1627, September 11/21.The States General have commanded me to insist that you will allow the differences between your Majesty and the French King (le Roy Treschrestien) to be accommodated, and for that purpose to commission your Ambassador at the Hague or such other as you shall please to send thither to treat thereupon. The States General, having suffered infinite ills in their 60 years' war against one of the greatest Kings of Europe, know well how weighty are those evils and draw conclusions as to the future by what they see daily. Hitherto they have been preserved, after God, by the contributions of their people and the liberal support of your Majesty and the French King, without whose intervention no private (singuliere) forces in Europe could make head against the King of Spain and House of Austria. They see this great Germany, almost entirely, in the power of that house, which has already penetrated to the Baltic Sea and finds no obstacle to its subjugation but the invincible courage of the King of Denmark, which if it succumb or flinch there will be no hope of resource for those princes and for the exercise of the Christian religion according to the Word of God, nor for their political liberty. And moreover the House of Austria is proceeding by the advantage she will have in the multitude of rivers discharging into the Baltic Sea and North Sea and the great advantages (commodites) Germany can supply, to make herself mistress of the sea, on which little by little she is advancing to fortify herself in order to supplant those most nearly bordering there, as is seen by the results. For the par ticular of the United Provinces their lordships feel their charges increase daily, and their revenues cannot equal the expenses they must incur. It is hardly possible any traffic should remain long assured to their subjects if dissension continues between the two nations by whose traffic a very great part of the inhabitants of the Low Countries ordinarily support themselves, who will be reduced to extreme poverty and incapable of contributing to the support of the war. The revenues of your Majesty and the French King are very great, and though my masters (mes superieurs) are entirely assured of the good affection and liberality of your Majesty and the French King to sustain them against their enemies, they doubt much if enough can be retrenched therefrom for the King of Denmark and themselves to be succoured with as much as is necessary for their subsistence, so long as you remain in arms one against the other, the expense of the war having no limit. This serves as an omen (prognosticq) to their lordships and to the King of Denmark that their ruin is near unless your Majesty provide against it, as they both expect from your goodness, or unless God aid them miraculously otherwise. Your zeal for the welfare of the reformed churches of France and that the edicts and articles promised them by your intervention should be preserved to them, is most laudable, and it should not be found strange if a generous heart resent injuries done to it. Your Majesty by the wisdom with which God has endowed you above other princes knows how far such resentments should go. It is not for my masters, still less their ministers, to constitute themselves arbiters of the honour of princes, or to judge how far or how much one ought to contend. But your Majesty will believe that the common understandings of all the world will judge you have sufficiently shown France, by the exploit Commander Pennington did on the coast of Brittany and Normandy, that the least forces of your Majesty can greatly damage France; and the fitting out of the royal armada which has gone forth under your High Admiral, that you have the power whenever and as often as you please to oppose all the naval armaments that the French can prepare, as the descent the Duke of Buckingham made on the Isle of Rhe proved to them your Majesty's forces and means to offend them by land. This will suffice to repress the pernicious counsels which might be suggested to the French King to the prejudice of those of the reformed religion in France, and will give them more assurance that the edicts and articles granted them will be preserved than all the arms of Roman Catholic auxiliaries both within and without the kingdom of which one can give them hope: it being certain no papist prince will acquire any favour among the people of France, or do anything of consequence against the King's will, unless he show himself more zealous in his religion than the King himself. The authority and credit your Majesty will for many respects acquire with the King of France after the accord made, will dissipate also easily all that could be practised against the repose of those who look to enjoy it by your favour. I crave pardon if I have wandered, and coming back to the chief point of what is commanded me, I beseech your sacred Majesty on behalf of my masters that if you think hitherto you have not received sufficient satisfaction for the injuries you resent, you will pass over all offences and dispose yourself to an accommodation, and to find suitable expedients to sweeten the bitterness of that action, for love of their lordships and in the interest of all Christianity and of the King of Denmark; authorizing your Ambassador at the Hague, or whomsoever you please to send there, to treat with the other side (la partie) forthwith. Your Majesty will be lauded for ever and your magnanimity eternally commended by posterity for having postponed your particular offences to the public good of Christianity and to the interests of your friends and allies, who will remain perpetually obliged to you. Delay and the ulterior deeds of arms can only harden the courage of both sides; and as all things are changeable, it must also be considered (under most humble correction) that time may bring on inconveniences, whether by storms, mortality in the army, approach of some foreign armada or such like, which would dull the glory your Majesty can now render complete.—Done at Havering, 11/21 September, 1627.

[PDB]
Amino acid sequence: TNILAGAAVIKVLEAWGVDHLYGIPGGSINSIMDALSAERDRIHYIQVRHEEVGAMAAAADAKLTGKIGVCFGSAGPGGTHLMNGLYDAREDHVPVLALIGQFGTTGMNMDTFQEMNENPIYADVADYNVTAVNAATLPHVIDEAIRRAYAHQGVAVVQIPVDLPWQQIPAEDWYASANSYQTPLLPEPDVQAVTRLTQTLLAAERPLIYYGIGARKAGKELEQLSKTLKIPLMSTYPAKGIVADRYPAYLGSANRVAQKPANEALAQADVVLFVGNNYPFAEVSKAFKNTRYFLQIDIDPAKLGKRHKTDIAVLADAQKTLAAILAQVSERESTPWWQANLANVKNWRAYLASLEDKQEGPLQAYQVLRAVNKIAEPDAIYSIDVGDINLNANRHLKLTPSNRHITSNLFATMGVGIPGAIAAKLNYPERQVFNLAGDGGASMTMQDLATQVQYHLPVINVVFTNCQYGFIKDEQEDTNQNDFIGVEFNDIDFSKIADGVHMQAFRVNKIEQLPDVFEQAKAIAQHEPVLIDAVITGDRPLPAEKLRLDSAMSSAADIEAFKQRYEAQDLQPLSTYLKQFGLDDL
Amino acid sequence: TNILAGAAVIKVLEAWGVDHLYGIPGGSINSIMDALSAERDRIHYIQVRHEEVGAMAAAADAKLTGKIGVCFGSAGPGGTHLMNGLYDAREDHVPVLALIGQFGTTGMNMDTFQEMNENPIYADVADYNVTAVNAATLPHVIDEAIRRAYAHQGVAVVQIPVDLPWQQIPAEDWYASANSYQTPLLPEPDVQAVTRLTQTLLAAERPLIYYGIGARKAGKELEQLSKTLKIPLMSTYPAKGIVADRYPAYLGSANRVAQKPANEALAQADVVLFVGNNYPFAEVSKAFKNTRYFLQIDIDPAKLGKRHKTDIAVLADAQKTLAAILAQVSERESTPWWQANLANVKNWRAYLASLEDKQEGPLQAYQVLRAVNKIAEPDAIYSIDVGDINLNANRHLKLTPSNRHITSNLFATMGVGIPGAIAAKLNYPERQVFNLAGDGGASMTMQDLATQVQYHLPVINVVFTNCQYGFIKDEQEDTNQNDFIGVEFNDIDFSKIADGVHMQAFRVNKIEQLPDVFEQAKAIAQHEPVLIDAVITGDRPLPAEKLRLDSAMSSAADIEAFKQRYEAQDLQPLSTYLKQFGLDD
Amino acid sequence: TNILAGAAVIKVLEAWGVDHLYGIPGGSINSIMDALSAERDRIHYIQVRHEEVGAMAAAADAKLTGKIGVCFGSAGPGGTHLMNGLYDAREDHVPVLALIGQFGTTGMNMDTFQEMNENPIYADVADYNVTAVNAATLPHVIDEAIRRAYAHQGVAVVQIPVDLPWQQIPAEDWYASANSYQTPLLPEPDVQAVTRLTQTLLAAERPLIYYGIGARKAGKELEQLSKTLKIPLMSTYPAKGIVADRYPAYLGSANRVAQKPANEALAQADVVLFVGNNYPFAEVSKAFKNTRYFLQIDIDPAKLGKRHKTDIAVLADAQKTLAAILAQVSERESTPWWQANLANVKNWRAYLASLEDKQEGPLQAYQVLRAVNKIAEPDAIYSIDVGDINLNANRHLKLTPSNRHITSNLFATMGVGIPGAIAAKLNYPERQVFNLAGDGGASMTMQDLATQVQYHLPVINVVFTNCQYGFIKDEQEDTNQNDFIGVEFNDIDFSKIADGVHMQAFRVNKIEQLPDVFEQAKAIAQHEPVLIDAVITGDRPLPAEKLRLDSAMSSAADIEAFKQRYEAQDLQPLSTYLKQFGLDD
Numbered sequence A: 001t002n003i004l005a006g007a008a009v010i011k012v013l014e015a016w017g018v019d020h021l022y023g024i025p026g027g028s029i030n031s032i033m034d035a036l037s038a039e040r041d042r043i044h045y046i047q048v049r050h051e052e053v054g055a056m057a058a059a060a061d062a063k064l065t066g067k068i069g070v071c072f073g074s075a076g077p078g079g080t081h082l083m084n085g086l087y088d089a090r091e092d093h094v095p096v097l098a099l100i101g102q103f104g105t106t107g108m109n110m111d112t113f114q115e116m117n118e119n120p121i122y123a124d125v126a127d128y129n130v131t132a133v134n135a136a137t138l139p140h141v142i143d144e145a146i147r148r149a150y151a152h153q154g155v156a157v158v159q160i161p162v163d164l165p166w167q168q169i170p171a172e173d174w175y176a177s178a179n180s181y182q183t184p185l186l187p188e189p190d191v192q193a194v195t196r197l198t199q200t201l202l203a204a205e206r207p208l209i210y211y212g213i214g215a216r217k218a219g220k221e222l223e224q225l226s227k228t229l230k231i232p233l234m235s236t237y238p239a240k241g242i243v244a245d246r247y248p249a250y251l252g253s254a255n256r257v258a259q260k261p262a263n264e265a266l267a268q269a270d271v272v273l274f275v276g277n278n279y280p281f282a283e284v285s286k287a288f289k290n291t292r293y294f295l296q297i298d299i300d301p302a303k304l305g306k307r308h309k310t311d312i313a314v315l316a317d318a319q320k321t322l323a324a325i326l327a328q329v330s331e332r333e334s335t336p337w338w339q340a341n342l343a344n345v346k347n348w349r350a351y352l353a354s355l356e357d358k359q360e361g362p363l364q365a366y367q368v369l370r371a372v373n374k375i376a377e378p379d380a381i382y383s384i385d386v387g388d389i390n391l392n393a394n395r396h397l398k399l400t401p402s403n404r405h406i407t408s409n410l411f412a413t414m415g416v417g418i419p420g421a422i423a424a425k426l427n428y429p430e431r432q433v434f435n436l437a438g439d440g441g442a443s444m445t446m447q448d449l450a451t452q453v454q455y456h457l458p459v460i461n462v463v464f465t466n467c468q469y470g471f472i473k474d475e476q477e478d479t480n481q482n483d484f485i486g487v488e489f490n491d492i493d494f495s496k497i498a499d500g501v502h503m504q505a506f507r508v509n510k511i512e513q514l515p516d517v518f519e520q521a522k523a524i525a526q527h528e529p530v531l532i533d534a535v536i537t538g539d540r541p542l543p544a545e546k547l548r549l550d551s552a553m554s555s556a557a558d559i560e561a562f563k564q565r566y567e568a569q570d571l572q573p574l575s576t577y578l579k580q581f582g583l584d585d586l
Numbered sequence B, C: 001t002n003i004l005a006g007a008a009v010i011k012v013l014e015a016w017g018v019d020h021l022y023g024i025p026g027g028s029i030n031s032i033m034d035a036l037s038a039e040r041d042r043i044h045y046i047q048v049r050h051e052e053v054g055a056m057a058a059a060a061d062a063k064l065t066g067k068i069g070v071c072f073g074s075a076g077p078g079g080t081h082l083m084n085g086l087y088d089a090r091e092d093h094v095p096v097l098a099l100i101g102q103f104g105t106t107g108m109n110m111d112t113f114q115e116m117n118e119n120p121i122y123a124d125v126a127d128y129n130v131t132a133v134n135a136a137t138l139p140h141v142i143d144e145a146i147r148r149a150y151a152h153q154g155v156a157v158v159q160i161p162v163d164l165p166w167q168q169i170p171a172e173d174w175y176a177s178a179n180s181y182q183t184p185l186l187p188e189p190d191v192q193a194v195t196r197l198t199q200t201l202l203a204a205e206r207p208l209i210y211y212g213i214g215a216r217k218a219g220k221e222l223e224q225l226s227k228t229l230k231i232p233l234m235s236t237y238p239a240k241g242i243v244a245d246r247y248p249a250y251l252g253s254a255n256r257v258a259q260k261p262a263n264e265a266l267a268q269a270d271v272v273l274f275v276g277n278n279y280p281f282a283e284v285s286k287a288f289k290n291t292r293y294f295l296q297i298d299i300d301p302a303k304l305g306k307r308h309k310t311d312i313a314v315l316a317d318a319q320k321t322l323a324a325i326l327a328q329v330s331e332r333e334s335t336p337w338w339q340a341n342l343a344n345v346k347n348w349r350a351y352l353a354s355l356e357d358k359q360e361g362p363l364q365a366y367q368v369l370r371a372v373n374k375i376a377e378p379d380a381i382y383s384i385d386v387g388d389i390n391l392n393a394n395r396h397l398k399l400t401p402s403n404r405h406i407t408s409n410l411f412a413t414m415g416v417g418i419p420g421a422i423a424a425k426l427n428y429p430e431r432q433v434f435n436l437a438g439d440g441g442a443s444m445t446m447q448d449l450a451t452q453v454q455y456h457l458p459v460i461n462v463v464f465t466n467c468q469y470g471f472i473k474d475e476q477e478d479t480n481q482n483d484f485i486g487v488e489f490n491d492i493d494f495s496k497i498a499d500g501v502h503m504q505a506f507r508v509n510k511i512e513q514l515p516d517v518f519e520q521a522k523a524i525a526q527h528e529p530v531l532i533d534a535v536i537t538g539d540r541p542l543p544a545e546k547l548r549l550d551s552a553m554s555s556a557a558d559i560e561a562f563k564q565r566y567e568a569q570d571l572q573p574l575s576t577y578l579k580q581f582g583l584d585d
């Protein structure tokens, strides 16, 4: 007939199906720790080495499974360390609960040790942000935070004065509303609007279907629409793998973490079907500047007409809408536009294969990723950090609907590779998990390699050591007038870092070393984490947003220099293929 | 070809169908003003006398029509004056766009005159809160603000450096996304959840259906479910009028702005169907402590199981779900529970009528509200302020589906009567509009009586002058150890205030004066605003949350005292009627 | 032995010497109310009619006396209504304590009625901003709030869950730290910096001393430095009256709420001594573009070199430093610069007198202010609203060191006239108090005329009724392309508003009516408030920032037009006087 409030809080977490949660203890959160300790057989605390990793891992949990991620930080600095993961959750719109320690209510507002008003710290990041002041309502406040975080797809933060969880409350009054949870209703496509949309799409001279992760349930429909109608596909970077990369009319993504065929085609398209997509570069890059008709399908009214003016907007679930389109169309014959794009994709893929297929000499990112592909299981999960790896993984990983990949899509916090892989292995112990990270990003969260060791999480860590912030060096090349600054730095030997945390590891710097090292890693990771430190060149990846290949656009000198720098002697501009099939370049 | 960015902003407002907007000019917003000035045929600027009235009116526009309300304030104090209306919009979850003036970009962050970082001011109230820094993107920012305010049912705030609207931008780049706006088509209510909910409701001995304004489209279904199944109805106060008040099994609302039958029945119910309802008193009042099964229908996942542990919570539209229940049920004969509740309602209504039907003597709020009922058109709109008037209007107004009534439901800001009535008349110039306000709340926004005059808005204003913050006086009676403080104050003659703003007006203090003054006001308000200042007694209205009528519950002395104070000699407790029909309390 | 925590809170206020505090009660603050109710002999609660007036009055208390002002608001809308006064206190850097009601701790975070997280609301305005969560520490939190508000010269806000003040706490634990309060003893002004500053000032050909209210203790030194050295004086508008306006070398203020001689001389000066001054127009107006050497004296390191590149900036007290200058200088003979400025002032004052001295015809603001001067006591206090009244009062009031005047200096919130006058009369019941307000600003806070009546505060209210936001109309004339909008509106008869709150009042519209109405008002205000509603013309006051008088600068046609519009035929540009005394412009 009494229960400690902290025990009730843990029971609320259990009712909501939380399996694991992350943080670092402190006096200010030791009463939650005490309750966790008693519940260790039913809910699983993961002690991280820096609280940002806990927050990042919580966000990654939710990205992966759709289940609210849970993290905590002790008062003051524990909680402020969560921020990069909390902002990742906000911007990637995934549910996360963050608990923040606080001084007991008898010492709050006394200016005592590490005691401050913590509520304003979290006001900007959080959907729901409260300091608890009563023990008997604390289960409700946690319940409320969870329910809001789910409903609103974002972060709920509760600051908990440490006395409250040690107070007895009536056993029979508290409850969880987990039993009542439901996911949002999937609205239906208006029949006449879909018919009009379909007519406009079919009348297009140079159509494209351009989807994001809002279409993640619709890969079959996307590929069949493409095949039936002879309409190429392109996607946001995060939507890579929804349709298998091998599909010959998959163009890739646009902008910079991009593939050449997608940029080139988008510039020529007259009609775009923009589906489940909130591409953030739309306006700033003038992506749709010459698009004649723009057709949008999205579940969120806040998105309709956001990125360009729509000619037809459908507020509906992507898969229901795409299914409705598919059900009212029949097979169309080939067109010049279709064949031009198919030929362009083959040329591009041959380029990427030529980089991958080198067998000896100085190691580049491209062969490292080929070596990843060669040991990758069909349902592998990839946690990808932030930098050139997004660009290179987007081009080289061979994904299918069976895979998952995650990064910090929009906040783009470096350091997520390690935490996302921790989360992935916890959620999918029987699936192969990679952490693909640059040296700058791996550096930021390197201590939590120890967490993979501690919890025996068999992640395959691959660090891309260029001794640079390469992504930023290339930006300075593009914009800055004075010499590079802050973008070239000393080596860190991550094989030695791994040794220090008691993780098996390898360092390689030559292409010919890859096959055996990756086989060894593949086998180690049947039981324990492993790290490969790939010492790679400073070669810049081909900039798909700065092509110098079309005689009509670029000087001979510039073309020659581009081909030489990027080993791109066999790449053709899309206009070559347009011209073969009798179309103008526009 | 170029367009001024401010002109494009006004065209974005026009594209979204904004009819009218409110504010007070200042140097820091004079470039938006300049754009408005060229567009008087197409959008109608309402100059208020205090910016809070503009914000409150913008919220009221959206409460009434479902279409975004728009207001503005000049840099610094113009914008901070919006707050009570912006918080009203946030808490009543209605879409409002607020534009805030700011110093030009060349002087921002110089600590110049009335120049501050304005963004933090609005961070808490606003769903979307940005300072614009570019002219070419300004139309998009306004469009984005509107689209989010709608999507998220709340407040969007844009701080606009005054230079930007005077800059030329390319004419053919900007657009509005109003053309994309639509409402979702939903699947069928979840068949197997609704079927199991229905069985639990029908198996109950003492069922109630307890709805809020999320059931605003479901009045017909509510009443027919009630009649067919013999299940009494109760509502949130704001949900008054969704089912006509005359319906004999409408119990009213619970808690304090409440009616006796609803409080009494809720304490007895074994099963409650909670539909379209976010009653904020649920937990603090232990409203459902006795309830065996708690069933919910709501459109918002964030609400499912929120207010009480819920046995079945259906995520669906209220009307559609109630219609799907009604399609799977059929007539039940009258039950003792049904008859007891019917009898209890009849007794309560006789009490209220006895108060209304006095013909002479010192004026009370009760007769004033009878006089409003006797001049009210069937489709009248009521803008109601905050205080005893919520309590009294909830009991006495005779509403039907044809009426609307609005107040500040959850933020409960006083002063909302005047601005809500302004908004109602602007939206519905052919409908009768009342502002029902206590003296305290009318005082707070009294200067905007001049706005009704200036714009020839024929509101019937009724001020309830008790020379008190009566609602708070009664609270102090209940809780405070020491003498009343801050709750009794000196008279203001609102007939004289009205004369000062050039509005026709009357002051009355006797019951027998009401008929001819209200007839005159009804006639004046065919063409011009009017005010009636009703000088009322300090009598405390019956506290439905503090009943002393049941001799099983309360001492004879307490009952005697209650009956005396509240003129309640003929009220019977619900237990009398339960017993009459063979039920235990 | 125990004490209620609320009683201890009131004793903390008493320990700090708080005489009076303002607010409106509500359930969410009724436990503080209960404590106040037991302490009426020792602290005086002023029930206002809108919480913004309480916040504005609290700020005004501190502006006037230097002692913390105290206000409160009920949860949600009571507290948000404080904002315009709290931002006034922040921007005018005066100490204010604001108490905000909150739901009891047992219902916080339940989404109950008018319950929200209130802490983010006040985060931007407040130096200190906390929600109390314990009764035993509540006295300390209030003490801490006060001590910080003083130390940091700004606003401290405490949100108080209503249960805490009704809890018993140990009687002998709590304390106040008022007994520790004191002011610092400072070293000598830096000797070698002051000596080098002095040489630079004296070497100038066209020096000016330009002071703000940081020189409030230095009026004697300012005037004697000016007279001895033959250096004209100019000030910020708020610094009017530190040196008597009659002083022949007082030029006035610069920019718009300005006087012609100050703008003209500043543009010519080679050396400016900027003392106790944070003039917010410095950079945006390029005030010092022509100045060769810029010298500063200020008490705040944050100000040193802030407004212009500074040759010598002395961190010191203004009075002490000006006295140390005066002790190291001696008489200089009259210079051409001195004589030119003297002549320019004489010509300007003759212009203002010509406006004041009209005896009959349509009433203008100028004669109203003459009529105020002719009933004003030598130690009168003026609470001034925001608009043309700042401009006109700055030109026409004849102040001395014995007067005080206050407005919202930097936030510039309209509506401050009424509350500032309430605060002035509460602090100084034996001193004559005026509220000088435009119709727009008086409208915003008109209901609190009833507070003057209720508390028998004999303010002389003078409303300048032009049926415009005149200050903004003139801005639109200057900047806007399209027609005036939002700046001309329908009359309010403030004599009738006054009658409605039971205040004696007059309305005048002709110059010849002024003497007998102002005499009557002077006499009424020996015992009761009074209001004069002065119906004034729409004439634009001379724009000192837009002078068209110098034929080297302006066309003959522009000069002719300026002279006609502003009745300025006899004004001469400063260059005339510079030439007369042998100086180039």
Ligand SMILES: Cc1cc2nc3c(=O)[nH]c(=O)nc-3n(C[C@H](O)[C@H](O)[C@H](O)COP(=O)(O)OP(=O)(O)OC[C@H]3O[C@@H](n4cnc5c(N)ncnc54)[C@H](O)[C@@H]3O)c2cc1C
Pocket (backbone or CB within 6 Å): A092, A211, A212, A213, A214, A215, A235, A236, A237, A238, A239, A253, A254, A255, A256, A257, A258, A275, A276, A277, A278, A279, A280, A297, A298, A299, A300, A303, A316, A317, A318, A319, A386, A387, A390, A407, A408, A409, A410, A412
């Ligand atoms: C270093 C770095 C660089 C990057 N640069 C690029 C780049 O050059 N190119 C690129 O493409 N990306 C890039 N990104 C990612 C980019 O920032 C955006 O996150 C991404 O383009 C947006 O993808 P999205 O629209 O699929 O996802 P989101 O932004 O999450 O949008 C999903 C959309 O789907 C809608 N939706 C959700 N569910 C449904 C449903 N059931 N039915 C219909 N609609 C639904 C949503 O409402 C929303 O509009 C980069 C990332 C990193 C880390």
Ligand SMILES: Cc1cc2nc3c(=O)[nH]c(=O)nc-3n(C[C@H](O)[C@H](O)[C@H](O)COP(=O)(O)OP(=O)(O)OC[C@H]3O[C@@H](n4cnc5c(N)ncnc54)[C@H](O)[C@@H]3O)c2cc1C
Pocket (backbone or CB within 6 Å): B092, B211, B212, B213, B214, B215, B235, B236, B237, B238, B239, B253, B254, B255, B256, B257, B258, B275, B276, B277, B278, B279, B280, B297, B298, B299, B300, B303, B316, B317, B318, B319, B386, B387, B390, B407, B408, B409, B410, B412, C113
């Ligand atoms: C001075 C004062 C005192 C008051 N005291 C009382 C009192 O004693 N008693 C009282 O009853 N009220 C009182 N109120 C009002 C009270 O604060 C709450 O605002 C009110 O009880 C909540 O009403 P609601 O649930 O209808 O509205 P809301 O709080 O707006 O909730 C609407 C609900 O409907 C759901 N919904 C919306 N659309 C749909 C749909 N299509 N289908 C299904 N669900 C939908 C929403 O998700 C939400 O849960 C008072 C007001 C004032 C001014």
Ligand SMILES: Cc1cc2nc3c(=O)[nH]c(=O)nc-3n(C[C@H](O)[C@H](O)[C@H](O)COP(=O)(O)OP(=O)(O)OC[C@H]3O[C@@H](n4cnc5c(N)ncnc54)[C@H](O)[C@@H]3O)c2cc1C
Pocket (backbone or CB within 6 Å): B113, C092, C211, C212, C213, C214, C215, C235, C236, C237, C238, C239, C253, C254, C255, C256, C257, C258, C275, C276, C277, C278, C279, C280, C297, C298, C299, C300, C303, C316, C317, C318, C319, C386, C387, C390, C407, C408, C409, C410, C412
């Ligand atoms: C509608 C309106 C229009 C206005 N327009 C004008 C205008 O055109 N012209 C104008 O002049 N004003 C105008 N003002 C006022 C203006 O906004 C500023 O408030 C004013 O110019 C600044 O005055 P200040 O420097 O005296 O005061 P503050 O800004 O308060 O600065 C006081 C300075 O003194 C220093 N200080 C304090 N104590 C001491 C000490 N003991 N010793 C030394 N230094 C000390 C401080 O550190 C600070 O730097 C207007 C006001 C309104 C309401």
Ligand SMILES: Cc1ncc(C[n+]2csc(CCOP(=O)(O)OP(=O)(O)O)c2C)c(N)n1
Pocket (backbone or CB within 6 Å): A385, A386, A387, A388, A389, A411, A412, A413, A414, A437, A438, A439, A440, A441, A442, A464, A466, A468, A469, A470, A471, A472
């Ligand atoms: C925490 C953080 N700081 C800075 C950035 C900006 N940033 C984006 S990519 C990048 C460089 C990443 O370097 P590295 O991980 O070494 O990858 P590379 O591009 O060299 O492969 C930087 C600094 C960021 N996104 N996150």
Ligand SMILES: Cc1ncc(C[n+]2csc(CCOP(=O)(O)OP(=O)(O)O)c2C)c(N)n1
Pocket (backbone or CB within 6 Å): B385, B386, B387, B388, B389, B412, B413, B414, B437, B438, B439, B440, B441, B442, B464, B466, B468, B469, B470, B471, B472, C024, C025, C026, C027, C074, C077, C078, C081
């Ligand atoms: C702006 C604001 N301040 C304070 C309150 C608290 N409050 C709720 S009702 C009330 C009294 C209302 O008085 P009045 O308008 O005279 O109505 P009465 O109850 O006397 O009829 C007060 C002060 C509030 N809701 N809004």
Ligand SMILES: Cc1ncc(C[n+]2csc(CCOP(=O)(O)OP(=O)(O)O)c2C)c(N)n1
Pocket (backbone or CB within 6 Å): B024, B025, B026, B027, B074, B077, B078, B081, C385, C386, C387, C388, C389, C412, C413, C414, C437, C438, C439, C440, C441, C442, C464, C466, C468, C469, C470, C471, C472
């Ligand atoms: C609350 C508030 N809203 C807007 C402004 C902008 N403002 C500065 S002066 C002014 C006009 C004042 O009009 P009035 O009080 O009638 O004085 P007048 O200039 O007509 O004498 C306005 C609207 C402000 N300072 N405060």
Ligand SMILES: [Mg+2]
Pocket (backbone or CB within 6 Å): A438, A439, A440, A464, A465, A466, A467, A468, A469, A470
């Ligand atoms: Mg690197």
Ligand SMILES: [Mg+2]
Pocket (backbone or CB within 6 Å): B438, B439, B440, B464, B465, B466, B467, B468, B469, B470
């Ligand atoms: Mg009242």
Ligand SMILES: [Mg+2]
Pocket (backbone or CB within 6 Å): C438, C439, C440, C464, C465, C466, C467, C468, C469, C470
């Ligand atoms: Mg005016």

Endorsed: "A copy of a speech made by Joachimi, the Ambassador for the States to the King at Havering the 11 of September. Repeated by him to the Lords of his Majesty's Council upon the 14 of the said month, 1627." 2½ pp. (131. 41.)